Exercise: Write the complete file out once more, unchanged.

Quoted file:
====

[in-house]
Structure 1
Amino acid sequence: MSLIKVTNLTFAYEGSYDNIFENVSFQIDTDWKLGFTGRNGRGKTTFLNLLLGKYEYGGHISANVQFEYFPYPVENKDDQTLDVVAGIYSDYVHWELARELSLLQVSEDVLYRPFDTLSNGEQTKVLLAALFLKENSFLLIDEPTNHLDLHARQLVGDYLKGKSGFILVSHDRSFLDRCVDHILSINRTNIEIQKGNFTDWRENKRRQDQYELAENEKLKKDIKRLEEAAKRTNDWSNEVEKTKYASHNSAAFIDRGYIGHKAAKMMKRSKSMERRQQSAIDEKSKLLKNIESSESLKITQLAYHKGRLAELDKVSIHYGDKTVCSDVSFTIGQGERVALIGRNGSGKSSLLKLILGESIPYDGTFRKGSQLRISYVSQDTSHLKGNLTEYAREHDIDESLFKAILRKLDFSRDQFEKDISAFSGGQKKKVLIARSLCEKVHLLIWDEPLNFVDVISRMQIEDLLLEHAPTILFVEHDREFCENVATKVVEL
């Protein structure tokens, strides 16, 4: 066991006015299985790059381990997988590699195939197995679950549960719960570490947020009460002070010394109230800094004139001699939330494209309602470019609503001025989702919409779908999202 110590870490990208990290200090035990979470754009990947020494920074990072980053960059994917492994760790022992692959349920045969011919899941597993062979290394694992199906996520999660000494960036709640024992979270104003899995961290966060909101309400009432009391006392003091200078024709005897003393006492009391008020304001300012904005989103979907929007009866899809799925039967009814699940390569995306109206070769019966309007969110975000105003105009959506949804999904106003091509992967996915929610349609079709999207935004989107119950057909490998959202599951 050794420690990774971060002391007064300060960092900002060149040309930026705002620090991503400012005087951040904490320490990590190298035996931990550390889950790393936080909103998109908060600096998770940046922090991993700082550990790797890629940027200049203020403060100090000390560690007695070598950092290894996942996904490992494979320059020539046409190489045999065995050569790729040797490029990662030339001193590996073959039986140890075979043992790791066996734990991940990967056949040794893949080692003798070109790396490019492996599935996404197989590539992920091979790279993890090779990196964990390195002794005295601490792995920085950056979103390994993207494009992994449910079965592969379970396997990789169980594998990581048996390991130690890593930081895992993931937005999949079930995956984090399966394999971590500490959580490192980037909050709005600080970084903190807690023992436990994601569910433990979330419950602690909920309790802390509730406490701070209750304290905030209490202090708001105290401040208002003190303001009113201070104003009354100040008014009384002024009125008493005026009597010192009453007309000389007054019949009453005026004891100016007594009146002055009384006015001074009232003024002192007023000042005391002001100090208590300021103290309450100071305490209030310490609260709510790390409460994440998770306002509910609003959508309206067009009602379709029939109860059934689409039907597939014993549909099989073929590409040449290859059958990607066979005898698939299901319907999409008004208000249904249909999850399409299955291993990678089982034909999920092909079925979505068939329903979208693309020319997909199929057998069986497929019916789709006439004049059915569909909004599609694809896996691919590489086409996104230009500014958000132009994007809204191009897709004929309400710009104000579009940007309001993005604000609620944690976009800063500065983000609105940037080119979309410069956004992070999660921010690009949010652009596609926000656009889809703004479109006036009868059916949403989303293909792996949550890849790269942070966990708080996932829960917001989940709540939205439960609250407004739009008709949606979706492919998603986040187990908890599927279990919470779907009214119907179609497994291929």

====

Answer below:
[in-house]
Structure 1
Amino acid sequence: MSLIKVTNLTFAYEGSYDNIFENVSFQIDTDWKLGFTGRNGRGKTTFLNLLLGKYEYGGHISANVQFEYFPYPVENKDDQTLDVVAGIYSDYVHWELARELSLLQVSEDVLYRPFDTLSNGEQTKVLLAALFLKENSFLLIDEPTNHLDLHARQLVGDYLKGKSGFILVSHDRSFLDRCVDHILSINRTNIEIQKGNFTDWRENKRRQDQYELAENEKLKKDIKRLEEAAKRTNDWSNEVEKTKYASHNSAAFIDRGYIGHKAAKMMKRSKSMERRQQSAIDEKSKLLKNIESSESLKITQLAYHKGRLAELDKVSIHYGDKTVCSDVSFTIGQGERVALIGRNGSGKSSLLKLILGESIPYDGTFRKGSQLRISYVSQDTSHLKGNLTEYAREHDIDESLFKAILRKLDFSRDQFEKDISAFSGGQKKKVLIARSLCEKVHLLIWDEPLNFVDVISRMQIEDLLLEHAPTILFVEHDREFCENVATKVVEL
């Protein structure tokens, strides 16, 4: 066991006015299985790059381990997988590699195939197995679950549960719960570490947020009460002070010394109230800094004139001699939330494209309602470019609503001025989702919409779908999202 110590870490990208990290200090035990979470754009990947020494920074990072980053960059994917492994760790022992692959349920045969011919899941597993062979290394694992199906996520999660000494960036709640024992979270104003899995961290966060909101309400009432009391006392003091200078024709005897003393006492009391008020304001300012904005989103979907929007009866899809799925039967009814699940390569995306109206070769019966309007969110975000105003105009959506949804999904106003091509992967996915929610349609079709999207935004989107119950057909490998959202599951 050794420690990774971060002391007064300060960092900002060149040309930026705002620090991503400012005087951040904490320490990590190298035996931990550390889950790393936080909103998109908060600096998770940046922090991993700082550990790797890629940027200049203020403060100090000390560690007695070598950092290894996942996904490992494979320059020539046409190489045999065995050569790729040797490029990662030339001193590996073959039986140890075979043992790791066996734990991940990967056949040794893949080692003798070109790396490019492996599935996404197989590539992920091979790279993890090779990196964990390195002794005295601490792995920085950056979103390994993207494009992994449910079965592969379970396997990789169980594998990581048996390991130690890593930081895992993931937005999949079930995956984090399966394999971590500490959580490192980037909050709005600080970084903190807690023992436990994601569910433990979330419950602690909920309790802390509730406490701070209750304290905030209490202090708001105290401040208002003190303001009113201070104003009354100040008014009384002024009125008493005026009597010192009453007309000389007054019949009453005026004891100016007594009146002055009384006015001074009232003024002192007023000042005391002001100090208590300021103290309450100071305490209030310490609260709510790390409460994440998770306002509910609003959508309206067009009602379709029939109860059934689409039907597939014993549909099989073929590409040449290859059958990607066979005898698939299901319907999409008004208000249904249909999850399409299955291993990678089982034909999920092909079925979505068939329903979208693309020319997909199929057998069986497929019916789709006439004049059915569909909004599609694809896996691919590489086409996104230009500014958000132009994007809204191009897709004929309400710009104000579009940007309001993005604000609620944690976009800063500065983000609105940037080119979309410069956004992070999660921010690009949010652009596609926000656009889809703004479109006036009868059916949403989303293909792996949550890849790269942070966990708080996932829960917001989940709540939205439960609250407004739009008709949606979706492919998603986040187990908890599927279990919470779907009214119907179609497994291929």